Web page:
'There is an advantage in being in an organisation that focuses purely on mental health,' he says. 'In the PCT we have been given a lot of freedom to run ourselves. But within the PCT everything is about commissioning and how we make the books balance. There's very little top-team focus on what happens in mental health. They are just tied up with the commissioning agenda.'

Being allowed simply to get on with it is helpful to an extent, Dr Smith agrees, but he is looking forward to working in an organisation that properly understands mental health issues.

A patient might imagine a single trust covering such an enormous area could fail to reflect local needs, but Dr Smith argues that Shropshire is a large county anyway.

'It is 60 miles from top to bottom, and Staffordshire is nearer to some parts of Shropshire than Shrewsbury [the county town]. There will be no more risk than now if a hospital is full and a patient has to be placed outside the county. But. most of our patients do not go anywhere near hospital.

'I feel confident that we will retain a local focus. What we will gain is a greater critical mass of staff. We may well have the ability to develop specialties.
We also believe both parts of the merged organisation can learn from each other.'

New provider: 'Patients will not see a difference in the services'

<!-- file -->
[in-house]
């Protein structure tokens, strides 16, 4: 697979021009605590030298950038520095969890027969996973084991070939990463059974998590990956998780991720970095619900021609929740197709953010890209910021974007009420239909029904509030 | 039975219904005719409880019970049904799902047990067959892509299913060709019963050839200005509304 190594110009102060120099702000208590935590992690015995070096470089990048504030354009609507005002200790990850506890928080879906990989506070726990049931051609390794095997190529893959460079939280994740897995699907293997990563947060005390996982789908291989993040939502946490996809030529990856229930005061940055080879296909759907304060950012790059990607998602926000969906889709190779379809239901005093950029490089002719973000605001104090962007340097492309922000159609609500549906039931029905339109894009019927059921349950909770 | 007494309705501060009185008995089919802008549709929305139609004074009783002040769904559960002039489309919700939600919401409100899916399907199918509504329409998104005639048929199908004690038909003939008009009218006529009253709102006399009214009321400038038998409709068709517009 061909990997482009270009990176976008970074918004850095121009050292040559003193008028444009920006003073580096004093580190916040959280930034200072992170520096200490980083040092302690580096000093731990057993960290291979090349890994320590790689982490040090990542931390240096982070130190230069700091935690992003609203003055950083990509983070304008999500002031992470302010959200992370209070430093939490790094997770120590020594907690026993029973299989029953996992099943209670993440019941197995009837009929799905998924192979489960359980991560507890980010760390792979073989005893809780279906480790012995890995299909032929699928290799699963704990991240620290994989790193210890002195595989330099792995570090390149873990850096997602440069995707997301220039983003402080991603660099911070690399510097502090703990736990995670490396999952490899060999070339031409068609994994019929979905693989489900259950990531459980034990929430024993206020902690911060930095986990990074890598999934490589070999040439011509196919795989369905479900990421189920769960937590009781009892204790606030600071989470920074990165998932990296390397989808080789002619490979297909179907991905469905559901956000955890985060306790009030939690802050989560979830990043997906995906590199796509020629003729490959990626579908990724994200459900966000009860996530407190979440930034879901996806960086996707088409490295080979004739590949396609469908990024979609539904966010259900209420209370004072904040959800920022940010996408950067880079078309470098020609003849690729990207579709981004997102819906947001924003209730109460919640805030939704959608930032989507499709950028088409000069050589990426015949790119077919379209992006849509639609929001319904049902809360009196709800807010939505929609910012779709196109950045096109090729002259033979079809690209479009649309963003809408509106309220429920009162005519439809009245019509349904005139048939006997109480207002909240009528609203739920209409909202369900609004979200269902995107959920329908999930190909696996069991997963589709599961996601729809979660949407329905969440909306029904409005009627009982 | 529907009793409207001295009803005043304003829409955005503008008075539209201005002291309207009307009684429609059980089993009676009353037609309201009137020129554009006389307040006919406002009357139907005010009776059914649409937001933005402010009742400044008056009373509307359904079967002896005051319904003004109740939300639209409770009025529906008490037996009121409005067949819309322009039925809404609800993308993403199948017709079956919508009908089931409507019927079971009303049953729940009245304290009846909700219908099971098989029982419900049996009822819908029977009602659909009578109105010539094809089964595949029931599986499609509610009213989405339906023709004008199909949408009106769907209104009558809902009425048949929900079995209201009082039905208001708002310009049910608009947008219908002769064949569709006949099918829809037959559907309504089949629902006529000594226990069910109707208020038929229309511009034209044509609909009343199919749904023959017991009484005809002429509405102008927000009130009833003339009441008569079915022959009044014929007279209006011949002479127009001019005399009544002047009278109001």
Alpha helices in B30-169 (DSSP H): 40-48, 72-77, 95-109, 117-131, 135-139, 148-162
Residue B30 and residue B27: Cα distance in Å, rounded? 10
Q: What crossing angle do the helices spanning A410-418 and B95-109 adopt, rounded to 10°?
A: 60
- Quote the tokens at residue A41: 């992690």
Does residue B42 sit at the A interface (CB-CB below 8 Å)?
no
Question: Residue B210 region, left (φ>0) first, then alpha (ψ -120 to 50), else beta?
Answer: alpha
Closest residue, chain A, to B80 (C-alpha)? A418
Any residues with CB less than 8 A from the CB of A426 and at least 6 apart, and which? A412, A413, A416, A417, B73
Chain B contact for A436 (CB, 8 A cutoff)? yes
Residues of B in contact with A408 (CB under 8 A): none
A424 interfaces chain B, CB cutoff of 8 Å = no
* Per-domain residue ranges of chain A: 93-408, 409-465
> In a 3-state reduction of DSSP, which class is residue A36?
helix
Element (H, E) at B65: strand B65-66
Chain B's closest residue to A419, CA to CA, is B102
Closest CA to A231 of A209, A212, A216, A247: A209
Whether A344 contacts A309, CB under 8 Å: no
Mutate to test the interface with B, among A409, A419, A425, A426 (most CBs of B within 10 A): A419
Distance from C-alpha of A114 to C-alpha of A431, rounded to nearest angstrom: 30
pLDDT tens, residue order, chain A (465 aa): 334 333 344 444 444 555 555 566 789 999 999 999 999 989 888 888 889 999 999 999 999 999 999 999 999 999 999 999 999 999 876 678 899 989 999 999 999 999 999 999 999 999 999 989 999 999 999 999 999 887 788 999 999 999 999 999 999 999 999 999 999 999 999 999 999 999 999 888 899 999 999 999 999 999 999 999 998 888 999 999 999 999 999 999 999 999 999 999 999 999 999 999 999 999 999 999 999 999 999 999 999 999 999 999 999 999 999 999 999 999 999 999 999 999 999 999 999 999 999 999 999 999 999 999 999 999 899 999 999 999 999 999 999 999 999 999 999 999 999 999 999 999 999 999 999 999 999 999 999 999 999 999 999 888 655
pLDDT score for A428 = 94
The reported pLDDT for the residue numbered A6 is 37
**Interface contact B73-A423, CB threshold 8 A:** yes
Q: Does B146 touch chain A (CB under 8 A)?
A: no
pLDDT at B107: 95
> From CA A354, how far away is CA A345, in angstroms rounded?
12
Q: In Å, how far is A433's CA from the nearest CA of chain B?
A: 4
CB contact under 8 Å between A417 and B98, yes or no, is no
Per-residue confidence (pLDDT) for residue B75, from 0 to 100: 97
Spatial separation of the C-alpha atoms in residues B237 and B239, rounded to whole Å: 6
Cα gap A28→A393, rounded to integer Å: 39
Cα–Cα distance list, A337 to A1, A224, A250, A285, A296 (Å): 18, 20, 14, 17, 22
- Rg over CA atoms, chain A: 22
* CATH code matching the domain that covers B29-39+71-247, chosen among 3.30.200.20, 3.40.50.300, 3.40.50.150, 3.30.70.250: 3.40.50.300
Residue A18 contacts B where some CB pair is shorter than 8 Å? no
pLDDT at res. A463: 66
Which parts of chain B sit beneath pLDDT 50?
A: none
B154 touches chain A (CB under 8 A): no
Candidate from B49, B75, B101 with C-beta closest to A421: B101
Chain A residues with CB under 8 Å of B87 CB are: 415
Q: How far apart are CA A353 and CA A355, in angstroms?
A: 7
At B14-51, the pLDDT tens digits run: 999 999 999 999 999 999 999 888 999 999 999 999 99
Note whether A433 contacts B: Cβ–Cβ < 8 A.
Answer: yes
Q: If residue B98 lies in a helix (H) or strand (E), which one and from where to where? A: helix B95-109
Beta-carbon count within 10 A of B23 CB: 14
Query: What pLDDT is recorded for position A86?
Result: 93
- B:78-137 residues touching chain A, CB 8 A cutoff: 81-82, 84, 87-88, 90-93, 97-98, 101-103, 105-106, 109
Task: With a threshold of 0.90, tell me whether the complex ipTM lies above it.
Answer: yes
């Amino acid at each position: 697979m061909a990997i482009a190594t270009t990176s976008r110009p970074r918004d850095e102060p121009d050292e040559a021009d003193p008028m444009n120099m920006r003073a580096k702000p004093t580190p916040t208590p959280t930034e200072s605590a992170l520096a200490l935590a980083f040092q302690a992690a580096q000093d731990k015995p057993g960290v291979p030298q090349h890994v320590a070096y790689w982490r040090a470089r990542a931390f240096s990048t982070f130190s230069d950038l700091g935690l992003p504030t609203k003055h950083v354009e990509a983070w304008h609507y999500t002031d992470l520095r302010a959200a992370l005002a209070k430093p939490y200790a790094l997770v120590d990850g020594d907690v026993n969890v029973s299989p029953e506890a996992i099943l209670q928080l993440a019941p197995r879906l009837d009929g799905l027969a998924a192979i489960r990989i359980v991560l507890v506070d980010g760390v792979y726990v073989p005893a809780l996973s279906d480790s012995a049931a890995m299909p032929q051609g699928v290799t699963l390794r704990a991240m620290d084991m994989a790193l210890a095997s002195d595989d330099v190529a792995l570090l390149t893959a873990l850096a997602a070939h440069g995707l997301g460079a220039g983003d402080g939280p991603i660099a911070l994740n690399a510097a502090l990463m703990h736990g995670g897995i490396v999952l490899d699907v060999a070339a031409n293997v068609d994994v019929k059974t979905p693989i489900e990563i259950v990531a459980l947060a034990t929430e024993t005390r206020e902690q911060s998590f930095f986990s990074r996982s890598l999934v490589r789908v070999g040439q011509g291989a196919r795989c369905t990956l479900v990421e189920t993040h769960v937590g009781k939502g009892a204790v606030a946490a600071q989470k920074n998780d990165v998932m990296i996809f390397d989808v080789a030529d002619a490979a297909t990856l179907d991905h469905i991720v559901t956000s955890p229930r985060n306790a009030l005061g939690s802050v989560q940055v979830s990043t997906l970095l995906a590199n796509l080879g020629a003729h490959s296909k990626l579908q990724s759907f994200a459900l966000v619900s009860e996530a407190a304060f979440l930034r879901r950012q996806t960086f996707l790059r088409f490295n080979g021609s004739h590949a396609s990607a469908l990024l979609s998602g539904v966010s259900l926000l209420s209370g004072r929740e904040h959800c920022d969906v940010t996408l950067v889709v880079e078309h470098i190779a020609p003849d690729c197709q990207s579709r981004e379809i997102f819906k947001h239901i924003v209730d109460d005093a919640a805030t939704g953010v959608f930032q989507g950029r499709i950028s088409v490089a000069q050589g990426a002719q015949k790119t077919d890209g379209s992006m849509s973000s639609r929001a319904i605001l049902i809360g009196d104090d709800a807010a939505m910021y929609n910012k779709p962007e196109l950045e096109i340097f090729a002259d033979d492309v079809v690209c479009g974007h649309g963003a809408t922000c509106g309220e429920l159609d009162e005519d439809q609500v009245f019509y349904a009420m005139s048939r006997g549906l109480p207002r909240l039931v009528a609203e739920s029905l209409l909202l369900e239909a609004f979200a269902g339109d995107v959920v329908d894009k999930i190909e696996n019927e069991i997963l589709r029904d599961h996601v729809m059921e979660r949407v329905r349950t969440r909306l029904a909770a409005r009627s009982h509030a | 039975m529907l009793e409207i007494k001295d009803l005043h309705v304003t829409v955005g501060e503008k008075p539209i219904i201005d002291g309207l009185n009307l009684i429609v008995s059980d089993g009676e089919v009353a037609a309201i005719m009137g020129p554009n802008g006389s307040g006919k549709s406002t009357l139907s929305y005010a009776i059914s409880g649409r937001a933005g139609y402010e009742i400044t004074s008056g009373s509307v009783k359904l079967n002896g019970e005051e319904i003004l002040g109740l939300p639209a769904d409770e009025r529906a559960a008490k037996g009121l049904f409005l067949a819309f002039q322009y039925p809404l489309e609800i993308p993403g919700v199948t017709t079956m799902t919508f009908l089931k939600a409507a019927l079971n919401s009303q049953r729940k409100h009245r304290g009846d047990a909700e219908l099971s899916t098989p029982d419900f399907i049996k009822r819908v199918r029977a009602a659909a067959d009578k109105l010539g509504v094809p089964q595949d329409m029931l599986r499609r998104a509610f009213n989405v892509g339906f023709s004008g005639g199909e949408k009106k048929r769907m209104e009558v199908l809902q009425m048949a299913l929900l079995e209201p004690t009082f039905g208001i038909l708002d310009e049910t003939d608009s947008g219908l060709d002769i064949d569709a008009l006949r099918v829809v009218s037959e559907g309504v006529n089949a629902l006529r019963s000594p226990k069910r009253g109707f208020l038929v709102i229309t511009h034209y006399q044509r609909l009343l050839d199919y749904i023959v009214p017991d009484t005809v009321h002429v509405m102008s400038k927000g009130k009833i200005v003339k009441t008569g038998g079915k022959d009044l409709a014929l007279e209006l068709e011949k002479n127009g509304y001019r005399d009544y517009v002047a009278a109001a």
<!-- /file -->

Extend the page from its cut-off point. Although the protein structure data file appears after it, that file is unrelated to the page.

Steve Grange is the director of business development with the South Staffordshire Healthcare foundation trust, which is set to merge with the mental health sections of Shropshire PCT and Telford and Wrekin PCT, to form South Staffordshire and Shropshire trust.

'There was a range of options,' he says. 'To wait, to keep provision as part of the PCTs, or to do nothing. Another was to become a partner with other services. These services could have joined with any other neighbouring trust.'

Mr Grange believes moving services from the PCT to a specialist mental health trust will bring standards into line with other mental health trusts, because the clinical negligence scheme has higher standards than in PCTs.

'That has to be better for patients,' he says.

The South Staffordshire trust already offers specialist facilities for mothers and babies and people with eating disorders. The merger will offer more access to such services, argues Mr Grange.

'They have always been available but until now would only have been on a contract basis.'

He describes the move as more an integration of services than a merger. He points to services such as the care of older people and early intervention in psychosis, where Staffordshire can learn from Shropshire's provision.

'Patients will not see a difference in the services. What we intend to do is improve them and build on them in the future.'

The move is not being done as a cost-saving exercise; there have been no redundancies.

'We are not integrating for financial benefit,' adds Mr Grange. 'We did this purely because we felt that, by having a greater clinical mass, we can offer better services.'